ReQL data types

RethinkDB’s basic data types include numbers, strings, boolean values, objects, arrays, and the null value. In addition, it stores RethinkDB-specific data types including tables, streams, selections, binary objects, time objects, geometry data types, and grouped data.

The typeOf command can be appended to any ReQL command to display what data type that command will returns. For instance (in JavaScript):

r.table('users').get(1).typeOf().run(conn, callback)

Returns "SELECTION<OBJECT>". (Yes, the type of the typeOf command is "STRING".)

Basic data types

  • Numbers are any real number: 5, 3.14159, -42. RethinkDB uses double precision (64-bit) floating point numbers internally. (Neither infinity nor NaN are allowed.)

  • Strings are any valid UTF-8 string: "superhero", "ünnëcëssärÿ ümläüts". Strings may include the null code point (U+0000).

  • Booleans are true and false.

  • Null is a value distinct from the number zero, an empty set, or a zero-length string. Natively this might be null, nil or None, depending on the language. it is often used to explicitly denote the absence of any other value. The root node of a tree structure might have a parent of null, or a required but as yet non-initialized key might be given a value of null.

  • Objects are JSON data objects, standard key-value pairs.

    { username: 'bob', posts: 23, favorites: {color: 'blue', food: 'tacos'}, friends: ['agatha', 'jason'] }

    Any valid JSON object is a valid RethinkDB object, so values can be any of the basic values, arrays, or other objects. Documents in a RethinkDB database are objects. Like JSON, key names must be strings, not integers.

  • Arrays are lists of zero or more elements.

    [1, 2, 3] [] [{user: 'Bob', posts: 23}, {user: 'Jason', posts: 10}]

    Again, anything valid in a JSON array is valid in RethinkDB: the elements may be any of the basic values, objects, or other arrays. Arrays in RethinkDB are loaded fully into memory before they’re returned to the user, so they’re inefficient at large sizes. RethinkDB defaults to supporting arrays of up to 100,000 elements; this may be set to a different value at runtime for reading by using the array_limit option to run.

RethinkDB-specific data types

  • Databases are RethinkDB databases. This is the return type of db.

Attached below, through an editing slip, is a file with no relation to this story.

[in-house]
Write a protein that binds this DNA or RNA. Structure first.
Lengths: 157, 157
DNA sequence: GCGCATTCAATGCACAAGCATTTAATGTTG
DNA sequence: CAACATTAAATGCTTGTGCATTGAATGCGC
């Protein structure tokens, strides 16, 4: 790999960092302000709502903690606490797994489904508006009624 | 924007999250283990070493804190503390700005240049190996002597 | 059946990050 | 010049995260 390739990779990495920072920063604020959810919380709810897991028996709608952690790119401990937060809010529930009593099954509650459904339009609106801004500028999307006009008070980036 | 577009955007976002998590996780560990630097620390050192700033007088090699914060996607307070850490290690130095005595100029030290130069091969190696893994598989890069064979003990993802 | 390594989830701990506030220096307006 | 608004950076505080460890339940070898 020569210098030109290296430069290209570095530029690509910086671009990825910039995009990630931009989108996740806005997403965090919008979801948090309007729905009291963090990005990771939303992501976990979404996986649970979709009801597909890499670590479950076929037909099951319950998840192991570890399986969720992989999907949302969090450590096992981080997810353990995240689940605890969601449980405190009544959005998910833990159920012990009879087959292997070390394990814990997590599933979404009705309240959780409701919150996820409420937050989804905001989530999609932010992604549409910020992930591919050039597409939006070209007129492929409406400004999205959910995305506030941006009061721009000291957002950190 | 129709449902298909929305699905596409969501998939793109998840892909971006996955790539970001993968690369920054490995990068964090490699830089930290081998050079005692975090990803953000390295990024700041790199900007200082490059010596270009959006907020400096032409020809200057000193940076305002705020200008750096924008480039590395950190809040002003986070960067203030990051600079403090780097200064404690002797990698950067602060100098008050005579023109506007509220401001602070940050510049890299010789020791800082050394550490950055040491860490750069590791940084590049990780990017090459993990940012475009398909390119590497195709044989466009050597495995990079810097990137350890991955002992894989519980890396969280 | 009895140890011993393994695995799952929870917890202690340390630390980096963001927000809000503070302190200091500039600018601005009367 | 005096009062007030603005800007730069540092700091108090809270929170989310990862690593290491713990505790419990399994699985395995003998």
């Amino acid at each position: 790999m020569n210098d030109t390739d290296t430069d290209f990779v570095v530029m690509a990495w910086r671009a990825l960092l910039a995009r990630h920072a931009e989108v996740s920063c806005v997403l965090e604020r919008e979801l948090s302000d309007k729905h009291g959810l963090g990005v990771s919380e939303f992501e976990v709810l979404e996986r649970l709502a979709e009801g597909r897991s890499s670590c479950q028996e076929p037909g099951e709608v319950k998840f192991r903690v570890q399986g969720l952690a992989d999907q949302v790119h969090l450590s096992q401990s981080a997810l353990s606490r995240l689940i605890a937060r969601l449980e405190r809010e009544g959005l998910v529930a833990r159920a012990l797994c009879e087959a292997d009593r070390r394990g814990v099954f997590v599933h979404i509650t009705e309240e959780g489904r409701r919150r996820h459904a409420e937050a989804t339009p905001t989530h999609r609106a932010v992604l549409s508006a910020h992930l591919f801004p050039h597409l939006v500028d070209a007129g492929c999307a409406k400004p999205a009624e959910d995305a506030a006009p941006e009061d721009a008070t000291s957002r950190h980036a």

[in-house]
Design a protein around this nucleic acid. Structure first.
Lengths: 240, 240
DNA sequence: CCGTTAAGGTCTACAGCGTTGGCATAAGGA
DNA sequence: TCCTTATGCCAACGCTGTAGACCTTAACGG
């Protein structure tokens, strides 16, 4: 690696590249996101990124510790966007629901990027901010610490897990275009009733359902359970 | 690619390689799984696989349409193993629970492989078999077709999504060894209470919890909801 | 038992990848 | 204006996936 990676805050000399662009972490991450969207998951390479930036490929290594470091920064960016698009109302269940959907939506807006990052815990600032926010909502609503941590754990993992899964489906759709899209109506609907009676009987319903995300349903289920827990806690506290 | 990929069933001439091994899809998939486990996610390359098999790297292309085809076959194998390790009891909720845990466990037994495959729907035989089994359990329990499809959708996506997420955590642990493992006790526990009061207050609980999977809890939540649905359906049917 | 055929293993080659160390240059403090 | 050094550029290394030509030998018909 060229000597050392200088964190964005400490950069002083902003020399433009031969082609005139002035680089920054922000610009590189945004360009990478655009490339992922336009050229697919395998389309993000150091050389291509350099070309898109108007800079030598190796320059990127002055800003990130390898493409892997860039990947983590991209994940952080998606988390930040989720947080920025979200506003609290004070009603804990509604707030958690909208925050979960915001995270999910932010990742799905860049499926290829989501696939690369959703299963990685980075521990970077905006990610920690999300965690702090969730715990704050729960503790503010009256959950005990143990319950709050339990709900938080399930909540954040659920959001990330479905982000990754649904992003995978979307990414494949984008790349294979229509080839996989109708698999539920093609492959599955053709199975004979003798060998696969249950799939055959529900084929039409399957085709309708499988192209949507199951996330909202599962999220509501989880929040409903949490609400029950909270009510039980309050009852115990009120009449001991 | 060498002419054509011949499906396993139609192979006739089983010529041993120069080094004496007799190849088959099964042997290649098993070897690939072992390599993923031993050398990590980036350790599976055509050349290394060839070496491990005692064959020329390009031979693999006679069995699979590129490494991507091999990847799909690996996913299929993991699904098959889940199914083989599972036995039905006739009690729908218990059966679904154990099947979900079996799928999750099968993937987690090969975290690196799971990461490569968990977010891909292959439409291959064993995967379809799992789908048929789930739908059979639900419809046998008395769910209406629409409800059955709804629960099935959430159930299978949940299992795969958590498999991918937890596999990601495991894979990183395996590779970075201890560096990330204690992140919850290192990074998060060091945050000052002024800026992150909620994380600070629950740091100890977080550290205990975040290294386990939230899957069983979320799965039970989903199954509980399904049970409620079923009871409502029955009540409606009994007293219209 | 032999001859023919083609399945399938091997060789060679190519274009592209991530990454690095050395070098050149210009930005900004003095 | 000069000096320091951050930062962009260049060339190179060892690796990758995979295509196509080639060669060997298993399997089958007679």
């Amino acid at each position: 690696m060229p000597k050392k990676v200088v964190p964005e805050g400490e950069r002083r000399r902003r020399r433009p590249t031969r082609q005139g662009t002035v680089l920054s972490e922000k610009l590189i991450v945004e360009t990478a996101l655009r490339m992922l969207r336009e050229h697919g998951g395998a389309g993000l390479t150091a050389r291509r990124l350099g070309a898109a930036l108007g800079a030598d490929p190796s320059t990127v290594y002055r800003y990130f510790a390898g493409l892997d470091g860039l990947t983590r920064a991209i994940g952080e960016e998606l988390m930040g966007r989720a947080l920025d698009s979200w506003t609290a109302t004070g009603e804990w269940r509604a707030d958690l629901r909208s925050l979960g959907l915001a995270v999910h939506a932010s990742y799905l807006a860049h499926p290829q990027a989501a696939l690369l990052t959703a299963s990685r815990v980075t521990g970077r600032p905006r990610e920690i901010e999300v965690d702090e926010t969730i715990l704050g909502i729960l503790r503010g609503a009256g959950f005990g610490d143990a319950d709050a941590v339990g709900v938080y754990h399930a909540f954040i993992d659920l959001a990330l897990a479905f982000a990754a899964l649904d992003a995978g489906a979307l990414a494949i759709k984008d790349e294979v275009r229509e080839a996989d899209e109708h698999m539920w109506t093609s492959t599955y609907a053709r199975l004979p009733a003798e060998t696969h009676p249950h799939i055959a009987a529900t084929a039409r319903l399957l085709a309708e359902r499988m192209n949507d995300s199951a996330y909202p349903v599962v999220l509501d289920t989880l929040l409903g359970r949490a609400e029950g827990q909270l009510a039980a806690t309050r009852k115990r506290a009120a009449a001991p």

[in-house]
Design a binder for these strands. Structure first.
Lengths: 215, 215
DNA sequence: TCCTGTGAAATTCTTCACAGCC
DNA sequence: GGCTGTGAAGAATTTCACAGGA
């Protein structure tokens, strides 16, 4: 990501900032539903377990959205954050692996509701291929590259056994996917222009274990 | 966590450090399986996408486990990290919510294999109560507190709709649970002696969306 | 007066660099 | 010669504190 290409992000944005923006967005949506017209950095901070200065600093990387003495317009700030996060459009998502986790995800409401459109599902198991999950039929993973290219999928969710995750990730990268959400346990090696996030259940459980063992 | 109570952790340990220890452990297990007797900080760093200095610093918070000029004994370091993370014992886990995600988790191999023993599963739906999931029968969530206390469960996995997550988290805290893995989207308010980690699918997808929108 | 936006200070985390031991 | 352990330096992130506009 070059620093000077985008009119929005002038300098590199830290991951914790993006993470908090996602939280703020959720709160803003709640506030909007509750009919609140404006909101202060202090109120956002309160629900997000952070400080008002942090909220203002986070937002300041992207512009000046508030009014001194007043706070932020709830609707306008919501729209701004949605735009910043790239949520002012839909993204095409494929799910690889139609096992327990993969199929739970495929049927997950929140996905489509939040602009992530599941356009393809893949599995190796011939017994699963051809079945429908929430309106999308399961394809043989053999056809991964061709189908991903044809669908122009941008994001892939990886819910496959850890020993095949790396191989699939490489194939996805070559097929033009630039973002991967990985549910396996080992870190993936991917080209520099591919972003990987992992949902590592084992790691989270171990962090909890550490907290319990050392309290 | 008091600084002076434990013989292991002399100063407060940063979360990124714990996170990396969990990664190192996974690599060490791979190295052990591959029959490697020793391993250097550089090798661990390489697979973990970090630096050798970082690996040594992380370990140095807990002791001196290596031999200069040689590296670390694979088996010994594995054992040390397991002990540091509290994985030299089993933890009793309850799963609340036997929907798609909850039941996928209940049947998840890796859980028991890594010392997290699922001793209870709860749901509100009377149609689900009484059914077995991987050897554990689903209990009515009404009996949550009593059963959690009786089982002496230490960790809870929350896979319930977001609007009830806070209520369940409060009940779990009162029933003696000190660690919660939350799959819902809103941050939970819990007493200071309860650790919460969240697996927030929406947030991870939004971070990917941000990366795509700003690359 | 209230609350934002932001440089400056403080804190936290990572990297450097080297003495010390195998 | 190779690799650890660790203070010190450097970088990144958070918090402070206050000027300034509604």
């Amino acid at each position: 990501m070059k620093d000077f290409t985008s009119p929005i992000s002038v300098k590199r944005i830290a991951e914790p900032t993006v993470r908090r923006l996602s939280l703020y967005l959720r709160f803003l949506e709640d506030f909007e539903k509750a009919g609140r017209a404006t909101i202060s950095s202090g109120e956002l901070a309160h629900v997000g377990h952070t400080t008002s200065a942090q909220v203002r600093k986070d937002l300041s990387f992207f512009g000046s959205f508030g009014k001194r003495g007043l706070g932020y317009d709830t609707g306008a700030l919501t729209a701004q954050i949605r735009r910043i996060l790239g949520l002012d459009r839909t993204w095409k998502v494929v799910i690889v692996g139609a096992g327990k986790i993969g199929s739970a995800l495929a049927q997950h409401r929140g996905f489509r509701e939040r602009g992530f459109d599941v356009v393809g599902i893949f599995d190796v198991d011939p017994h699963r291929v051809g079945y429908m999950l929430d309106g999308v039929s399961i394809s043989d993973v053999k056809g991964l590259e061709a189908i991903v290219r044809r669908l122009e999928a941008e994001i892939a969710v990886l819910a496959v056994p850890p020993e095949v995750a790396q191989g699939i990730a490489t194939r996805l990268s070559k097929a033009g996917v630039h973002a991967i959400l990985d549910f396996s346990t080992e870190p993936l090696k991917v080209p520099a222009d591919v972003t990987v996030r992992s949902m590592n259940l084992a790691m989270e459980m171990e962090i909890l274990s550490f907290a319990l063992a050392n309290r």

• Tables are RethinkDB database tables. They behave like selections—they’re writable, as you can insert and delete documents in them. ReQL methods that use an index, like getAll, are only available on tables.

  • Streams are lists like arrays, but they’re loaded in a lazy fashion. Operations that return streams return a cursor. A cursor is a pointer into the result set. Instead of reading the results all at once like an array, you loop over the results, retrieving the next member of the set with each iteration. This makes it possible to efficiently work with large result sets. (See “Working with Streams,” below, for some tips.) Streams are read-only; you can’t pass one as an input to an ReQL command meant to modify its input like update or delete.

  • Selections represent subsets of tables, for example, the return values of filter or get. There are three kinds of selections: Selection<Object>, Selection<Array> and Selection<Stream>. The difference between selections and their non-selection counterparts is that selections are writable—their return values can be passed as inputs to ReQL commands that modify the database. For instance, the get command will return a Selection<Object> that could then be passed to an update or delete command. (Note: singleSelection is an older term for Selection<Object>; they mean the same thing.)

    Some commands (orderBy and between) return a data type similar to a selection called a table_slice. In most cases a table_slice behaves identically to a selection, but between can only be called on a table or a table_slice, not any other kind of selection.

  • Pseudotypes cover several kinds of other ReQL-specific data types which are generally composites or special cases of other types:

    • Binary objects are similar to BLOBs in SQL databases: files, images and other binary data. See Storing binary objects for details.

    • Times are RethinkDB’s native date/time type, stored with millisecond precision. You can use native date/time types in supported languages, as the conversion will be done by the driver. See Dates and times in RethinkDB for details.

    • Geometry data types for geospatial support, including points, lines, and polygons. (See below for more detail.)